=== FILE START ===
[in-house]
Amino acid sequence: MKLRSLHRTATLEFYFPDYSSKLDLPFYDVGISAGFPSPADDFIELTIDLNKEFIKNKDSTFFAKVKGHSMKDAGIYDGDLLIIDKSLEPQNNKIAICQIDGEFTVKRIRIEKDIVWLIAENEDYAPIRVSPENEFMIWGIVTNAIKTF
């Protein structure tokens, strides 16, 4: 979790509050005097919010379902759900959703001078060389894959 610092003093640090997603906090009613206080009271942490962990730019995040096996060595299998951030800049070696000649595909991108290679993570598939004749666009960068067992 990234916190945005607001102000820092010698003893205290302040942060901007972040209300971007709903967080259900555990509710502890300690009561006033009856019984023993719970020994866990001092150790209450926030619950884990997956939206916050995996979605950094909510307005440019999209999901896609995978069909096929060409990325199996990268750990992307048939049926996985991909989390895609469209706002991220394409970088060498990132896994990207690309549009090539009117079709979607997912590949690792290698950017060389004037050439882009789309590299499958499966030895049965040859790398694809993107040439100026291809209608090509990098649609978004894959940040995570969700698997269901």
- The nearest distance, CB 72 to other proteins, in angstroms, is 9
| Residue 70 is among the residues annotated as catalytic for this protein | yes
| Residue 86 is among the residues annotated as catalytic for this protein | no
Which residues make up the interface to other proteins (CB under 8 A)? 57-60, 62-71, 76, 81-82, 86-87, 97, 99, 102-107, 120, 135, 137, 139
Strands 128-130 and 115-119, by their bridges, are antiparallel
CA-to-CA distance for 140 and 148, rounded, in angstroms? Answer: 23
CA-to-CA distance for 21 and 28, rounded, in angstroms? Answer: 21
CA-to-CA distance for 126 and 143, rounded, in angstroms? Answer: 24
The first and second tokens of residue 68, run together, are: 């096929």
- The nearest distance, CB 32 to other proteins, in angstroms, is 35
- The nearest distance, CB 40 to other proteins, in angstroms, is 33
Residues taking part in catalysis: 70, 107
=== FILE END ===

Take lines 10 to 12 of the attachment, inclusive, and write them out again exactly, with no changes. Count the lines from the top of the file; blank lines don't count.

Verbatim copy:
CA-to-CA distance for 21 and 28, rounded, in angstroms? Answer: 21
CA-to-CA distance for 126 and 143, rounded, in angstroms? Answer: 24
The first and second tokens of residue 68, run together, are: 């096929």